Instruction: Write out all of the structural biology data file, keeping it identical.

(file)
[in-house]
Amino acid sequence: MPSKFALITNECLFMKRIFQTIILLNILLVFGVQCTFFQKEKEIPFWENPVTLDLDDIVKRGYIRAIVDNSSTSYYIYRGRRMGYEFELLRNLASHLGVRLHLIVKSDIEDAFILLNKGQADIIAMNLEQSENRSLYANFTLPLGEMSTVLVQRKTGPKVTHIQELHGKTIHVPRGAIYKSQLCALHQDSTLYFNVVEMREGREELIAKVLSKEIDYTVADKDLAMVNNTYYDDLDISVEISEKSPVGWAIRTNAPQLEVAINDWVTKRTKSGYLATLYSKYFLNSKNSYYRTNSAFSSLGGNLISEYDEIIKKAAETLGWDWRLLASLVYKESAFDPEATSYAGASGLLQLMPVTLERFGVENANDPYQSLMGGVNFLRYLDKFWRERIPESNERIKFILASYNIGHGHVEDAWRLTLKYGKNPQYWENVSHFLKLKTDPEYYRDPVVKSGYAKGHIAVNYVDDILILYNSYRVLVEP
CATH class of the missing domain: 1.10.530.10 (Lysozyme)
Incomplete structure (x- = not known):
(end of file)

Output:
[in-house]
Amino acid sequence: MPSKFALITNECLFMKRIFQTIILLNILLVFGVQCTFFQKEKEIPFWENPVTLDLDDIVKRGYIRAIVDNSSTSYYIYRGRRMGYEFELLRNLASHLGVRLHLIVKSDIEDAFILLNKGQADIIAMNLEQSENRSLYANFTLPLGEMSTVLVQRKTGPKVTHIQELHGKTIHVPRGAIYKSQLCALHQDSTLYFNVVEMREGREELIAKVLSKEIDYTVADKDLAMVNNTYYDDLDISVEISEKSPVGWAIRTNAPQLEVAINDWVTKRTKSGYLATLYSKYFLNSKNSYYRTNSAFSSLGGNLISEYDEIIKKAAETLGWDWRLLASLVYKESAFDPEATSYAGASGLLQLMPVTLERFGVENANDPYQSLMGGVNFLRYLDKFWRERIPESNERIKFILASYNIGHGHVEDAWRLTLKYGKNPQYWENVSHFLKLKTDPEYYRDPVVKSGYAKGHIAVNYVDDILILYNSYRVLVEP
CATH class of the missing domain: 1.10.530.10 (Lysozyme)
Incomplete structure (x- = not known):